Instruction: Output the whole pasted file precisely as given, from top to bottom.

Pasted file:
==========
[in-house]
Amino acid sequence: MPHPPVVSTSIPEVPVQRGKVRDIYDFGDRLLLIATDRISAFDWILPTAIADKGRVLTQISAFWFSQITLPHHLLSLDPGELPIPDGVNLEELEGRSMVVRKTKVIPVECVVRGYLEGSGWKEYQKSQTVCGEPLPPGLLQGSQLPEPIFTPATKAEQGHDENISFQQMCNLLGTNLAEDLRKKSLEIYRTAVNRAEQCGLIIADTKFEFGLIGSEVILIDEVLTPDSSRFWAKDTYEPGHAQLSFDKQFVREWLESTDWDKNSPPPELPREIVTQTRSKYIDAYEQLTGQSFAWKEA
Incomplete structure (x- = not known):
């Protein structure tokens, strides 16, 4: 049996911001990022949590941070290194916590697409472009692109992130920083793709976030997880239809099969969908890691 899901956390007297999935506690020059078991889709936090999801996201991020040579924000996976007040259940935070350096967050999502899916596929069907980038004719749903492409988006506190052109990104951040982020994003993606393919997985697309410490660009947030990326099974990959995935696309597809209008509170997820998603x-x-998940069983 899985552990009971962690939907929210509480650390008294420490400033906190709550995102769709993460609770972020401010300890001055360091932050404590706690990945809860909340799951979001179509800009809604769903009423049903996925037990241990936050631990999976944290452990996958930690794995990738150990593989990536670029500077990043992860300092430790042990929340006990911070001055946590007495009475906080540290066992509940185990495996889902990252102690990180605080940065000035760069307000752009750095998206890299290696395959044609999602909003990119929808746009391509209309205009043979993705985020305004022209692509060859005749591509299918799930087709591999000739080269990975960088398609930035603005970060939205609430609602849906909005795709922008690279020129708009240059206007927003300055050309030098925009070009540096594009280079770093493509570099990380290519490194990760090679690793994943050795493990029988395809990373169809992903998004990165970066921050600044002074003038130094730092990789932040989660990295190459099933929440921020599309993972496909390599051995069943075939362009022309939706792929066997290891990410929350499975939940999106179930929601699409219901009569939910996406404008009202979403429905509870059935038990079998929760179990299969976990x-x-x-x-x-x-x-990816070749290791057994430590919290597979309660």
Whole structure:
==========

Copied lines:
[in-house]
Amino acid sequence: MPHPPVVSTSIPEVPVQRGKVRDIYDFGDRLLLIATDRISAFDWILPTAIADKGRVLTQISAFWFSQITLPHHLLSLDPGELPIPDGVNLEELEGRSMVVRKTKVIPVECVVRGYLEGSGWKEYQKSQTVCGEPLPPGLLQGSQLPEPIFTPATKAEQGHDENISFQQMCNLLGTNLAEDLRKKSLEIYRTAVNRAEQCGLIIADTKFEFGLIGSEVILIDEVLTPDSSRFWAKDTYEPGHAQLSFDKQFVREWLESTDWDKNSPPPELPREIVTQTRSKYIDAYEQLTGQSFAWKEA
Incomplete structure (x- = not known):
């Protein structure tokens, strides 16, 4: 049996911001990022949590941070290194916590697409472009692109992130920083793709976030997880239809099969969908890691 899901956390007297999935506690020059078991889709936090999801996201991020040579924000996976007040259940935070350096967050999502899916596929069907980038004719749903492409988006506190052109990104951040982020994003993606393919997985697309410490660009947030990326099974990959995935696309597809209008509170997820998603x-x-998940069983 899985552990009971962690939907929210509480650390008294420490400033906190709550995102769709993460609770972020401010300890001055360091932050404590706690990945809860909340799951979001179509800009809604769903009423049903996925037990241990936050631990999976944290452990996958930690794995990738150990593989990536670029500077990043992860300092430790042990929340006990911070001055946590007495009475906080540290066992509940185990495996889902990252102690990180605080940065000035760069307000752009750095998206890299290696395959044609999602909003990119929808746009391509209309205009043979993705985020305004022209692509060859005749591509299918799930087709591999000739080269990975960088398609930035603005970060939205609430609602849906909005795709922008690279020129708009240059206007927003300055050309030098925009070009540096594009280079770093493509570099990380290519490194990760090679690793994943050795493990029988395809990373169809992903998004990165970066921050600044002074003038130094730092990789932040989660990295190459099933929440921020599309993972496909390599051995069943075939362009022309939706792929066997290891990410929350499975939940999106179930929601699409219901009569939910996406404008009202979403429905509870059935038990079998929760179990299969976990x-x-x-x-x-x-x-990816070749290791057994430590919290597979309660």
Whole structure: